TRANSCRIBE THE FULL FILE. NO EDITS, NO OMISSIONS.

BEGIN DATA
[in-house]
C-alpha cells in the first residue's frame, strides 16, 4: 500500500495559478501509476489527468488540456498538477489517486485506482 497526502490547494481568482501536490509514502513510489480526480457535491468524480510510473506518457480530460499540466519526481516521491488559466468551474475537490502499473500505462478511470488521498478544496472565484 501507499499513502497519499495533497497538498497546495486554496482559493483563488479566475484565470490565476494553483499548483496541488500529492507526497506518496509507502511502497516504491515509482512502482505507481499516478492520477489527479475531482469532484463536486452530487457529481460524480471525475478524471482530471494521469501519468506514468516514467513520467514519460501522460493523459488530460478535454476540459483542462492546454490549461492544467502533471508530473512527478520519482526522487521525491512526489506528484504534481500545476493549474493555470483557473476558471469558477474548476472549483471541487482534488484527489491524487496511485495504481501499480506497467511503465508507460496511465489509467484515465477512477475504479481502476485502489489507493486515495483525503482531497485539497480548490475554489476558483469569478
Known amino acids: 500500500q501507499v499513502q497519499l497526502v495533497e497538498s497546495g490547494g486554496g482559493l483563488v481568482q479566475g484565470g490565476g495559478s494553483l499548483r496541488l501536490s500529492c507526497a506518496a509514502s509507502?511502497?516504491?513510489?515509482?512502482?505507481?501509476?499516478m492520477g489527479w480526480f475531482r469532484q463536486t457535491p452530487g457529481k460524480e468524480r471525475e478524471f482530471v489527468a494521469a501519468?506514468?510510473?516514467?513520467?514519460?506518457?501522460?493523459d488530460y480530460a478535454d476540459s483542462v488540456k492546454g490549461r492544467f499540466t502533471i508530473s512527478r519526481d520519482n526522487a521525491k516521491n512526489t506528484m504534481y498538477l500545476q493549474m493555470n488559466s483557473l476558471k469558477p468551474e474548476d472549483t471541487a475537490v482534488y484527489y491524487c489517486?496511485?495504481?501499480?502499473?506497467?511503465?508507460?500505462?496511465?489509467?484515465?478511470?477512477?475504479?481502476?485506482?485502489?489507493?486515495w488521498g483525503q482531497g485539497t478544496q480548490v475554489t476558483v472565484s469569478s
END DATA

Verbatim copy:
[in-house]
C-alpha cells in the first residue's frame, strides 16, 4: 500500500495559478501509476489527468488540456498538477489517486485506482 497526502490547494481568482501536490509514502513510489480526480457535491468524480510510473506518457480530460499540466519526481516521491488559466468551474475537490502499473500505462478511470488521498478544496472565484 501507499499513502497519499495533497497538498497546495486554496482559493483563488479566475484565470490565476494553483499548483496541488500529492507526497506518496509507502511502497516504491515509482512502482505507481499516478492520477489527479475531482469532484463536486452530487457529481460524480471525475478524471482530471494521469501519468506514468516514467513520467514519460501522460493523459488530460478535454476540459483542462492546454490549461492544467502533471508530473512527478520519482526522487521525491512526489506528484504534481500545476493549474493555470483557473476558471469558477474548476472549483471541487482534488484527489491524487496511485495504481501499480506497467511503465508507460496511465489509467484515465477512477475504479481502476485502489489507493486515495483525503482531497485539497480548490475554489476558483469569478
Known amino acids: 500500500q501507499v499513502q497519499l497526502v495533497e497538498s497546495g490547494g486554496g482559493l483563488v481568482q479566475g484565470g490565476g495559478s494553483l499548483r496541488l501536490s500529492c507526497a506518496a509514502s509507502?511502497?516504491?513510489?515509482?512502482?505507481?501509476?499516478m492520477g489527479w480526480f475531482r469532484q463536486t457535491p452530487g457529481k460524480e468524480r471525475e478524471f482530471v489527468a494521469a501519468?506514468?510510473?516514467?513520467?514519460?506518457?501522460?493523459d488530460y480530460a478535454d476540459s483542462v488540456k492546454g490549461r492544467f499540466t502533471i508530473s512527478r519526481d520519482n526522487a521525491k516521491n512526489t506528484m504534481y498538477l500545476q493549474m493555470n488559466s483557473l476558471k469558477p468551474e474548476d472549483t471541487a475537490v482534488y484527489y491524487c489517486?496511485?495504481?501499480?502499473?506497467?511503465?508507460?500505462?496511465?489509467?484515465?478511470?477512477?475504479?481502476?485506482?485502489?489507493?486515495w488521498g483525503q482531497g485539497t478544496q480548490v475554489t476558483v472565484s469569478s